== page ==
Greak: Memories of Azur Review – With Family, Anything is Possible

Greak: Memories of Azur Review

One thing that Metroidvanias have in common is the sense of adventure. With exploration at the forefront, players are free to traverse luscious worlds, discovering secrets and opening new paths. Although many have tried, only a select few have managed to reach the upper echelon of the genre. Looking to join the elite is Greak: Memories of Azur. Boasting an incredible hand-crafted art style and unique character switching mechanic, has Navegante Entertainment managed to create a unique experience, that will place the game amongst the greats?

Set in a world that has been decimated by the oppressive Urlag tribe, the Courine people of Azur look for means of escape. With no hope in sight, they turn their attention to an airship that will help them elude totalitarian rule. As Greak, a plucky, young warrior, you are required to collect resources to help the quaint village, whilst also searching for your lost siblings in an enthralling escapade that will keep you hooked throughout.

A Tale of Three

Distinguishing itself from other puzzle platformers, Greak: Memories of Azur allows you to switch between characters to solve environmental conundrums. Each sibling is unique, allowing them to access particular areas due to their abilities. For the majority of the game you play as the titular character, Greak, who wields a sword, can roll through attacks and crawl into small tunnels to discover hidden areas. His sister, Adara, possesses the power of levitation and magic. With the ability to summon projectiles in any direction, this acts as an excellent alternative to Greak’s melee-based approach to combat. The oldest and largest is Raydel, a brutish fellow with a longsword and grapple hook. Each of the characters offers new gameplay elements, helping to create a beautiful pace for the 8 to 10-hour adventure. 

Puzzles start simple and progress in complexity as your siblings join you on your quest. Often, you will be required to switch between characters due to their specific skills. This can be quickly achieved by pressing the designated D-pad input which correlates to your desired protagonist. Selecting the correct avatar becomes a necessity towards the final third of the game and this is where Greak: Memories of Azur shines. Particular segments will have each character in different areas of the map working independently, yet in harmony to create routes towards a common goal.

Navegante Entertainment has created a real sense of unity with the heroes. Not only are family and home key themes that run throughout the entirety of the game, but it has also been entwined in the gameplay. By holding L2, the siblings will travel and fight together, whereas R2 will call the characters to a specific location. While measures have been put in place to aid traversal, it can be difficult to control all of them at once. At times the odd person may not complete platforming sections resulting in having to redo segments.

Haunting and Endearing

During your journey, you’ll encounter an array of strange but incredibly well-animated enemies. Each possesses lethal strikes that will engulf a segment of your health, due to this, you are required to be measured and calculated when in battle. Getting to know how an enemy type moves and attacks is imperative to survival, especially when facing fierce and imposing bosses. Upon death, which will happen quite frequently, you’ll be transported back to your last save point. Although a little frustrating, save points are dotted throughout areas giving you plenty of opportunities to not lose progress.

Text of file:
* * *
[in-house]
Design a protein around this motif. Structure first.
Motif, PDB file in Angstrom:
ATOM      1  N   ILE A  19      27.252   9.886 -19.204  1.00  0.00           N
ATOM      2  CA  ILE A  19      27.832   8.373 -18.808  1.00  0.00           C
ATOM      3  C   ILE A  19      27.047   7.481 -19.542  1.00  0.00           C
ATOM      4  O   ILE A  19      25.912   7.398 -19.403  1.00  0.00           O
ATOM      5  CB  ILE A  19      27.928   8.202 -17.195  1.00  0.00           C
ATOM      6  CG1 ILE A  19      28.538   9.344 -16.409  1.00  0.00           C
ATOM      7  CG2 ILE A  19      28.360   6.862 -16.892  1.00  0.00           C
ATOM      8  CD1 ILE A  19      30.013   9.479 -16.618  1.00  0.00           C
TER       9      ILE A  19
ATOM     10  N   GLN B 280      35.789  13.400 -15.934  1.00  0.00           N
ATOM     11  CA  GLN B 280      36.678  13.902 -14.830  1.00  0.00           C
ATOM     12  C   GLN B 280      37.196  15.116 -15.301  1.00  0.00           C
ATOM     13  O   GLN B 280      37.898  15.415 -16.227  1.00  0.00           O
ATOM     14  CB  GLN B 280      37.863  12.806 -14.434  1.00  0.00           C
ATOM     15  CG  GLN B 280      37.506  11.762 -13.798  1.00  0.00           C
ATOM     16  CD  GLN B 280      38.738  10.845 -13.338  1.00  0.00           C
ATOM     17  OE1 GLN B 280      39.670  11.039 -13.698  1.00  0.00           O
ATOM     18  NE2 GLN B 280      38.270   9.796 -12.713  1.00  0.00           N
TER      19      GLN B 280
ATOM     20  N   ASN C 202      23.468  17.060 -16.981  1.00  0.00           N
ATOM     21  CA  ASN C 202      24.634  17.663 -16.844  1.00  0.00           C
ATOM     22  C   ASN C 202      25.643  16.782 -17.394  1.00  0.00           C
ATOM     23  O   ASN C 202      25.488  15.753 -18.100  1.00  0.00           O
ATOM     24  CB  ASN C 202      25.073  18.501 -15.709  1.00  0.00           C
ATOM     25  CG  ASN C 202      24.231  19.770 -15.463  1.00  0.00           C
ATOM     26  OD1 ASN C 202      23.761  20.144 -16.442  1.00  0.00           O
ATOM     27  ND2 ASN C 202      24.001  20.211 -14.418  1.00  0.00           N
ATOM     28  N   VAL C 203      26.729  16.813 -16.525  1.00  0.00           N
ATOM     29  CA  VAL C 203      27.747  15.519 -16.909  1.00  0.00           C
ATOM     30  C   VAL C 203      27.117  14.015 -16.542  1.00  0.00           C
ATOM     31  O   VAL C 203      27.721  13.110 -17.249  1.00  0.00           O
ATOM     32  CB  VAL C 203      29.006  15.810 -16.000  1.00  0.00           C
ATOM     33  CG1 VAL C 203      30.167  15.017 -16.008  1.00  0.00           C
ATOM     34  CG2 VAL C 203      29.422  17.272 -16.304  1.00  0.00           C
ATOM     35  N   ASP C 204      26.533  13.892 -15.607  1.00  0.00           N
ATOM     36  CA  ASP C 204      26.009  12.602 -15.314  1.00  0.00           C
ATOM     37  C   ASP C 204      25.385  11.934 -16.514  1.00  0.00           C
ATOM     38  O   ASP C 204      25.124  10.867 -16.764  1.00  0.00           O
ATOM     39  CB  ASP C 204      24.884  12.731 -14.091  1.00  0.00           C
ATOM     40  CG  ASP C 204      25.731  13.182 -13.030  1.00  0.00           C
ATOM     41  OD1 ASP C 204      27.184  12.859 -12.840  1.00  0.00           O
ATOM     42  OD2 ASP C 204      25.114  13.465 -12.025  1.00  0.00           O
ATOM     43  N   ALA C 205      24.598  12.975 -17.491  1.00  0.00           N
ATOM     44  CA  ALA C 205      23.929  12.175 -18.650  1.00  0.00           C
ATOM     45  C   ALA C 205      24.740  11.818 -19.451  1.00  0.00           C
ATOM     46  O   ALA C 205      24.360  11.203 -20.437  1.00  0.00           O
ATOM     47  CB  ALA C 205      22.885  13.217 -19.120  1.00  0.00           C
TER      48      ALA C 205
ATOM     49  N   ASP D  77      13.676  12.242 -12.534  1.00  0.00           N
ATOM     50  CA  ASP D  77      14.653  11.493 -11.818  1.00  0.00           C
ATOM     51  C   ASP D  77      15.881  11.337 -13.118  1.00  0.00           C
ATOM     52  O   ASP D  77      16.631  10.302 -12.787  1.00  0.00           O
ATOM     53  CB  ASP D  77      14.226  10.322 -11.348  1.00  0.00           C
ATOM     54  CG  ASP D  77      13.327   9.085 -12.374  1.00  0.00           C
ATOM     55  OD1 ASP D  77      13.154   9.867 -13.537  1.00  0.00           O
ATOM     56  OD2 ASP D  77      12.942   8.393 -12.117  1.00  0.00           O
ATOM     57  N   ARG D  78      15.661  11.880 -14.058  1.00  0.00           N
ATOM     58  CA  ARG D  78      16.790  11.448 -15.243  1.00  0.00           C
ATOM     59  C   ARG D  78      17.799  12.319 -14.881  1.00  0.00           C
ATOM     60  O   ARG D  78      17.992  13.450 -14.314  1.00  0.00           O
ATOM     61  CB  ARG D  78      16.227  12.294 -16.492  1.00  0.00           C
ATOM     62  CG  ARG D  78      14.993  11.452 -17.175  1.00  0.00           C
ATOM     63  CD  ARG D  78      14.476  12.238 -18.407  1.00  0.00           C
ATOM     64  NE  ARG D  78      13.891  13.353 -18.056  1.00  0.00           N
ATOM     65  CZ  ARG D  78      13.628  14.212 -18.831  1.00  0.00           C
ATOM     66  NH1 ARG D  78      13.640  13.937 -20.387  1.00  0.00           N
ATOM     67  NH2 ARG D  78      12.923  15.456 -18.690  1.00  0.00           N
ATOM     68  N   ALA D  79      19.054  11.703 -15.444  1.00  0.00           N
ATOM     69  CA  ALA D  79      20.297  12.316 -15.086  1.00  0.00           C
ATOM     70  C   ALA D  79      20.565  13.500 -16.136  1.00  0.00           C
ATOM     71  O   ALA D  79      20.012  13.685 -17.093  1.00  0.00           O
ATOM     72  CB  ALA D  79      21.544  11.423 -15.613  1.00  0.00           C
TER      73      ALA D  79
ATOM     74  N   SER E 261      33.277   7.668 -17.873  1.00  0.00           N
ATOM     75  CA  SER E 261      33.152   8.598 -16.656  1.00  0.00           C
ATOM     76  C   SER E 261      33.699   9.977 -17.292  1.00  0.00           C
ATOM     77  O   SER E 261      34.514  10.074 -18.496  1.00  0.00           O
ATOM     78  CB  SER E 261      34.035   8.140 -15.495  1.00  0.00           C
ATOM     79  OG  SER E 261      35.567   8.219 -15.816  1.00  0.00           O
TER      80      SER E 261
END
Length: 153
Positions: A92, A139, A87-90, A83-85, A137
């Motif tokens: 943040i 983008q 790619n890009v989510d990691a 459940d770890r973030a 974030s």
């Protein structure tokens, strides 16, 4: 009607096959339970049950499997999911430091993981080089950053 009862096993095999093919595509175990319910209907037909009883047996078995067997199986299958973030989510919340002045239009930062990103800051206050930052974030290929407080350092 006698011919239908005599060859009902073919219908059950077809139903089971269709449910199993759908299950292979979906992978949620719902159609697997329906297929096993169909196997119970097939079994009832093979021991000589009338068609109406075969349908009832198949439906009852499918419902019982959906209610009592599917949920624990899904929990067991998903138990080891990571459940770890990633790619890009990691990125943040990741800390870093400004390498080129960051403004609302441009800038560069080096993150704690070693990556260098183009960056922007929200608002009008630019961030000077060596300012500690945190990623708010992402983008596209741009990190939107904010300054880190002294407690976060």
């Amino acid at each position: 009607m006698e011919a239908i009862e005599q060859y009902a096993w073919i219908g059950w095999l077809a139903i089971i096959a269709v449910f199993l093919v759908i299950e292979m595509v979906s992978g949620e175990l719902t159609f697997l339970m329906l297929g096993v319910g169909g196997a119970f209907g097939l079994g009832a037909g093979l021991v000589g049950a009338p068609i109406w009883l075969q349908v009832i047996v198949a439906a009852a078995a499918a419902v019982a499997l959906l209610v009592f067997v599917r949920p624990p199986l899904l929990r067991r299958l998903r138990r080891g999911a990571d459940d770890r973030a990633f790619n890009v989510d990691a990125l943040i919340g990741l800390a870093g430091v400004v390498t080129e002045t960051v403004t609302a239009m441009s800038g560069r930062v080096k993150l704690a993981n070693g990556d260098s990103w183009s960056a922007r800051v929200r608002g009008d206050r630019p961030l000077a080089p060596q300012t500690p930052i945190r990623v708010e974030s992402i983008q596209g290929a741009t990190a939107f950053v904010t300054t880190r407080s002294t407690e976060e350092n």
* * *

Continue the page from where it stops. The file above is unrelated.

The interconnected environments are diverse and drip with ethereal ambiance. Whilst echoes of Ori and the Blind Forest and Hollow Knight linger, Greak: Memories or Azur does plenty to separate itself from its influences. The ever-changing central hub area houses items and NPCs that give further information about the tyranny and struggles of the community, developing the lore of the universe. The hand-drawn Ponyo-esque character designs combined with mythical backdrops create an alluring world that beckons you to explore. Adding to the rich, multilayered areas are collectibles that are neatly tucked away. Whilst you will revisit areas and become accustomed to the layout, the lack of a level-specific map is a little irksome. Due to this, it can be difficult at times to work out how to get to your objective. 

Each step in this glorious world is accompanied by a beautiful and thoughtful orchestral score. The atmospheric soundtrack perfectly embellishes the arduous trek of the protagonists helping to create an emotional experience.

Party members have limited space in their inventory. Although this can be expanded, it still requires a certain level of resource management. Health and attack boosts are littered throughout. Some will give you an instant reward, whereas others require you to cook ingredients to receive a special item. Dropping and swapping resources becomes increasingly important as the game progresses, adding a layer of strategy to your journey.

Greak: Memories of Azur is a heartfelt, thrilling adventure. With three leading characters, the game has managed to carve its own identity within a crowded genre. The jaw-dropping visuals and intricate soundtrack ooze atmosphere, enticing you to explore every inch of the world. Although controlling several characters at once can be troublesome, it takes nothing away from this fascinating, methodically paced, puzzle-platforming quest about family, home and hope.

*** PlayStation 5 key provided by the publisher ***

The Good

• Beautiful Art Style
• Character Specific Puzzles
• Interconnected World


The Bad

• Losing Progress Due to Manual Save
• Characters Not Always in Unison
• No Area Specific Map